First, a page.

Redfish are widely known for their propensity to eat a wide variety of lures and flies. Through years of guiding, I’m finding the more I fish for them, the more likely I am to use a natural-colored fly that looks “shrimpy.” Most of the time I’m fishing clear water or pressured fish and they wont always respond to a fly that looks like it’s dressed for a music festival. Recently, I developed a pattern that has proven to be successful, is natural looking, and can be fished in the mid to lower sections of the water column.
The Pheasant Drum Bugger is simple and extremely effective. A tail of marabou and few strands of crystal flash. A collar of ringneck pheasant, four legs to each side, Shrimp eyes, and then multiple more ringneck pheasant feathers make up the entire body. It is difficult to get more than three wraps of “hackle” out of a ringneck pheasant feather, but the variety of feathers on a ringneck skin and the gorgeous variation they provide more than makes up for it. I’ll use seven or eight feathers per fly, tied on a size two saltwater hook.
A medium gold Fish-Skull Shrimp & Cray Tail provides just enough weight to get it down in the middle of the water column and a weed guard post can be added if necessary.
Cast this fly to cruising or tailing fish, watch the eat, strip set, and hang on!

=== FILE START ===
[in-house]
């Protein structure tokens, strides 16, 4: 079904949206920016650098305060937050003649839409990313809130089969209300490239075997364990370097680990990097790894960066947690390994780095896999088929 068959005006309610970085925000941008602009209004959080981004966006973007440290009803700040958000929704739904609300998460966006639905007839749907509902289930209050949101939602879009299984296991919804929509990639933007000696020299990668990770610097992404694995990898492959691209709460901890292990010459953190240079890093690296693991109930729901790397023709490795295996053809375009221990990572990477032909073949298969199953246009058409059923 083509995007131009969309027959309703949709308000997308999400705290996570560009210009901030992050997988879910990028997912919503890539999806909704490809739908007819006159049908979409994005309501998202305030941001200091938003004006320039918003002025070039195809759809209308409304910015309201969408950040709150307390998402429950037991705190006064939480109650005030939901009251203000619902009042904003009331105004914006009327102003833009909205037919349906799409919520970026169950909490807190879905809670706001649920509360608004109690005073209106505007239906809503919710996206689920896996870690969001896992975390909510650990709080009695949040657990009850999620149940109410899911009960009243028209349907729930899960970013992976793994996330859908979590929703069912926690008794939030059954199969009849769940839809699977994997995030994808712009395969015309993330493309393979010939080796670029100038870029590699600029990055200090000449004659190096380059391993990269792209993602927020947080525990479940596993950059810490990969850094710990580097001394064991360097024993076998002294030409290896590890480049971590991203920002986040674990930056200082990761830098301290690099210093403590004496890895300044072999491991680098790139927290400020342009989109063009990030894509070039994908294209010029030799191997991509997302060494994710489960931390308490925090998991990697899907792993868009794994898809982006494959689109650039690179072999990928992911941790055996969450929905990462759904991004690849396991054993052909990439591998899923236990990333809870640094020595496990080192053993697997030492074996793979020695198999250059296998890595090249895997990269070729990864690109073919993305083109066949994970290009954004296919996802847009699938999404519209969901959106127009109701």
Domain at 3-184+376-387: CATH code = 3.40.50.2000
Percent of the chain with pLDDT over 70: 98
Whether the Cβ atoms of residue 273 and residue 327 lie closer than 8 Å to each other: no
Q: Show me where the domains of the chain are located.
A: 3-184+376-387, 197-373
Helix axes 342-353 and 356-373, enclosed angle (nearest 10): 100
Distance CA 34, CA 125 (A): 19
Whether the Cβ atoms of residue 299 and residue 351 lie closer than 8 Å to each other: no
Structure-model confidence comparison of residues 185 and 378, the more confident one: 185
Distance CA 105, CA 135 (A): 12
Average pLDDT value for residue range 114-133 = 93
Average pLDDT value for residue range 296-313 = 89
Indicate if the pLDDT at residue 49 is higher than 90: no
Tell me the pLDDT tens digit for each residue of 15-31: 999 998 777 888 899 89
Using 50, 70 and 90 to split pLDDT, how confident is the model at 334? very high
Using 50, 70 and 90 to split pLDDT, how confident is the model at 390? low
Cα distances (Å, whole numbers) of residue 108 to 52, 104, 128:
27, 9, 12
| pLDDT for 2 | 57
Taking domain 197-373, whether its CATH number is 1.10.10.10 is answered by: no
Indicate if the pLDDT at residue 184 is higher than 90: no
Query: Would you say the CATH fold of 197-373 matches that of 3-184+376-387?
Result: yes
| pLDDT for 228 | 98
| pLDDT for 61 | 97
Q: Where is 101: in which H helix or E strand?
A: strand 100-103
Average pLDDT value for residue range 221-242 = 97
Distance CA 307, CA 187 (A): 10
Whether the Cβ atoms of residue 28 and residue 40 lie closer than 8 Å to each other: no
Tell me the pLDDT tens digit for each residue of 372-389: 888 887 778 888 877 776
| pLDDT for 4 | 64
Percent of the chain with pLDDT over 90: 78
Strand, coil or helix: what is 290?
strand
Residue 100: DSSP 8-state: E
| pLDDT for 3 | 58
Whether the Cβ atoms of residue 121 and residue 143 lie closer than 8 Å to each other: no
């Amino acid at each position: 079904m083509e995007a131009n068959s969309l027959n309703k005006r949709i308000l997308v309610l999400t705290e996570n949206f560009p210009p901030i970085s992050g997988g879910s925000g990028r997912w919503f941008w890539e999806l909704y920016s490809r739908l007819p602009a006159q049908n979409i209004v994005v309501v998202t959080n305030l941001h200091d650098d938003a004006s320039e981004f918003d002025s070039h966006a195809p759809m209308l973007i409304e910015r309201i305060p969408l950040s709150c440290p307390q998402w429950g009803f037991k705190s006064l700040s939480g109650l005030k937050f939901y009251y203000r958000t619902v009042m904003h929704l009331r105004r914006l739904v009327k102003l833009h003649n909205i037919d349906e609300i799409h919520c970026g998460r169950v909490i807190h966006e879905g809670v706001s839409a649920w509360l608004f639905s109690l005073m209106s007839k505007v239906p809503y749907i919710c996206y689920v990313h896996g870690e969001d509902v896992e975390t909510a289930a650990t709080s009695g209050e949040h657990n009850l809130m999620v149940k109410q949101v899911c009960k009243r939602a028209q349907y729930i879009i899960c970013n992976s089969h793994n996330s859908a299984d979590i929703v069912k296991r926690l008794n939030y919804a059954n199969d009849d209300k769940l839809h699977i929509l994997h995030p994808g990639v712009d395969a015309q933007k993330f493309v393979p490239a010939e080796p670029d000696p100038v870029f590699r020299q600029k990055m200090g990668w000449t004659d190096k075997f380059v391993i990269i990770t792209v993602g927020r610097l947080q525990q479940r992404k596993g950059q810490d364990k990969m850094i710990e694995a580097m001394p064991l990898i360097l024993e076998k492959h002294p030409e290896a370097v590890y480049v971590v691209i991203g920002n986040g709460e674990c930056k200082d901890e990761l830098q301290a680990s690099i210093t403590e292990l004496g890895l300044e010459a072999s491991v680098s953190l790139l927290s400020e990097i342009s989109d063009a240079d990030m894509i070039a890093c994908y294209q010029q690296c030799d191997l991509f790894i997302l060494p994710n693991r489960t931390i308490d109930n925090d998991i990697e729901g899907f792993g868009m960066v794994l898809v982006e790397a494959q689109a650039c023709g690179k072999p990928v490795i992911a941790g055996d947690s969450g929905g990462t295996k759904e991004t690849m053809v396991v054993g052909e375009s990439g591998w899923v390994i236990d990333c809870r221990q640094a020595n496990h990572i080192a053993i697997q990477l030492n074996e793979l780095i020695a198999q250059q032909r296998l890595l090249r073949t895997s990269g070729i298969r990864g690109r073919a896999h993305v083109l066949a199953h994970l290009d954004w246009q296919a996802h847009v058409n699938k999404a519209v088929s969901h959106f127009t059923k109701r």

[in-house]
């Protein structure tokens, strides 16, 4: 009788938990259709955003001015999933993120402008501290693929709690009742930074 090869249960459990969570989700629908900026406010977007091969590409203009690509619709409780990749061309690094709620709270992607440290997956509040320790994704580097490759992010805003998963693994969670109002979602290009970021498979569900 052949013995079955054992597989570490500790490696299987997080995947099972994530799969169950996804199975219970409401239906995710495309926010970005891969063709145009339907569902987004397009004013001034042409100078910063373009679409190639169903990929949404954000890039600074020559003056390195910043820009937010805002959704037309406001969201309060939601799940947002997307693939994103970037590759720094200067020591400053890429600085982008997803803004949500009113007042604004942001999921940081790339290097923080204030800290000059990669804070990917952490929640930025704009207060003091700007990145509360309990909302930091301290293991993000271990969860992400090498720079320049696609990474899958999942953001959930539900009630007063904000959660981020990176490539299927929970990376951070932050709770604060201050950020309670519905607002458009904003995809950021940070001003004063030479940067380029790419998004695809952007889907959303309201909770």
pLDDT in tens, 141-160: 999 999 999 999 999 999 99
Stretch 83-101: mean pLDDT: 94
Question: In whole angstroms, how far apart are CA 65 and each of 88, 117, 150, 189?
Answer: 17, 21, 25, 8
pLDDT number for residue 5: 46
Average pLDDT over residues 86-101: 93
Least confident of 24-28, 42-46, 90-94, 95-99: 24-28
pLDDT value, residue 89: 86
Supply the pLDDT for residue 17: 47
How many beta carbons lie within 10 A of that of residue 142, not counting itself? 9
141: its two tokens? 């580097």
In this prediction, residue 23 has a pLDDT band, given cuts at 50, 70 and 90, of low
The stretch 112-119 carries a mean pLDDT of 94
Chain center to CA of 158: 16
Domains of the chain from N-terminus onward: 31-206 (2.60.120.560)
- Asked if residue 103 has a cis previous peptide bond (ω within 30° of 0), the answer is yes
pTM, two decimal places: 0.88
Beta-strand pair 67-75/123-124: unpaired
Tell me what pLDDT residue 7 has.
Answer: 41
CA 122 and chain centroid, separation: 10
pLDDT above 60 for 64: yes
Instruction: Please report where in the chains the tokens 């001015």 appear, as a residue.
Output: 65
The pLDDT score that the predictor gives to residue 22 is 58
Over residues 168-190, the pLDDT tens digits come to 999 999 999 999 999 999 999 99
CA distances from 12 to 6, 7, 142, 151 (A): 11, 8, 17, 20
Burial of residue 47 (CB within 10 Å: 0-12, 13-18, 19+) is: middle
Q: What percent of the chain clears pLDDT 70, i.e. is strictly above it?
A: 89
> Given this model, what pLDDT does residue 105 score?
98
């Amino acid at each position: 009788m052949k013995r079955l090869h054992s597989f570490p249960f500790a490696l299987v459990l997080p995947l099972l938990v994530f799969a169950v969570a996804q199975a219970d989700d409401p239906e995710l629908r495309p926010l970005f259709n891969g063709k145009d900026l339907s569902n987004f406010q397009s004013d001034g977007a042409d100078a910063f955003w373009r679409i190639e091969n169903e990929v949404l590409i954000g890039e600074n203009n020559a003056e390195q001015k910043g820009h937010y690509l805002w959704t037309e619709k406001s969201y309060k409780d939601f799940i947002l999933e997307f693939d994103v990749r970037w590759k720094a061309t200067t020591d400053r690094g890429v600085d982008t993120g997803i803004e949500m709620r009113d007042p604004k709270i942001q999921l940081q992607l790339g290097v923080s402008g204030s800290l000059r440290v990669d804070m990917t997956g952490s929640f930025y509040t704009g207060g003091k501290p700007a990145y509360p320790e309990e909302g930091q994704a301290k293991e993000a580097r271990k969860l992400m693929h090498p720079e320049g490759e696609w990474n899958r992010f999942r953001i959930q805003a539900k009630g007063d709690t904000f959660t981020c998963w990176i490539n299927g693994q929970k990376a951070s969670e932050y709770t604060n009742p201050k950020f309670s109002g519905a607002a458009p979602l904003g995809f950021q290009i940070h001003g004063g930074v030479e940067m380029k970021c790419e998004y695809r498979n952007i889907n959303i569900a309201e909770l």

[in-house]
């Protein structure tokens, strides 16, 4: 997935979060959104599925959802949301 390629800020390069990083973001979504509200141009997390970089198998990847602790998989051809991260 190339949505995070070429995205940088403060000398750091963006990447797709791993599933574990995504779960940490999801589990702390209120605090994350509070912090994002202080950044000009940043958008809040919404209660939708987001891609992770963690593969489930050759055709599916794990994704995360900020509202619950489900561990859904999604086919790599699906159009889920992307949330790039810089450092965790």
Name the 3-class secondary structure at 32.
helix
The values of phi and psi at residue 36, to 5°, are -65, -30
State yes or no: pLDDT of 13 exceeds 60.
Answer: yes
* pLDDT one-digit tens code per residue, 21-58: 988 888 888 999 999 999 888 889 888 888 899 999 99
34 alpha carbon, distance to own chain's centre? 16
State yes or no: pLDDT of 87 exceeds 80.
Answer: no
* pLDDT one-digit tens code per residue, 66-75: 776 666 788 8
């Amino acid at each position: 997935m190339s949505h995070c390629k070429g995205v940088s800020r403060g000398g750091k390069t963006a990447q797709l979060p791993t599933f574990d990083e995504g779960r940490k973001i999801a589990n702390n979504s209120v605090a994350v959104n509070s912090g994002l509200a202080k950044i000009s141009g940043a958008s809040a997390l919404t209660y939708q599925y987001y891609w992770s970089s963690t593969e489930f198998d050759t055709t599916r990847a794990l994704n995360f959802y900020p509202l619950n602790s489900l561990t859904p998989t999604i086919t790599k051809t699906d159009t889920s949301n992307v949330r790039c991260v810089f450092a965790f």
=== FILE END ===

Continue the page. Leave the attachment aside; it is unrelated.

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About Chris Siess:
Capt. Chris Siess is the owner and head guide of Knot the Reel World Fly Fishing. Chris has been fly fishing since the age of nine, when his mother booked him lessons with well known fly fisherman, fly tyer, and bamboo rod builder Hank Woolman. That lesson led to a pretty bad obsession for chasing fish with the long rod. Chris spent his childhood catching bass in local Virginia farm ponds and saltwater species on the Outer Banks of North Carolina. Big time college football and family tradition drew Chris to Blacksburg, Virginia for his college years at Virginia Tech. There he fell in love with southwest Virginia; specifically its hikes, views, and of course the New River and local trout waters.
Post college, Chris spent several seasons playing in the mountains of Colorado as a ski bum and fly fishing guide. Working for Aspen Outfitting Company, he was able to fine tune his trout skills on the extremely technical Roaring Fork River. Chris has since returned to Virginia to chase the multitude of species available in the Old Dominion. Chris spends nearly as much time tying as he does fishing. From first tying simple flies with the hair off the family pet Border Collies, he now designs flies for fish all over the world.
You can contact Knot the Reel World Fly Fishing at 571-334-4721 or firstname.lastname@example.org.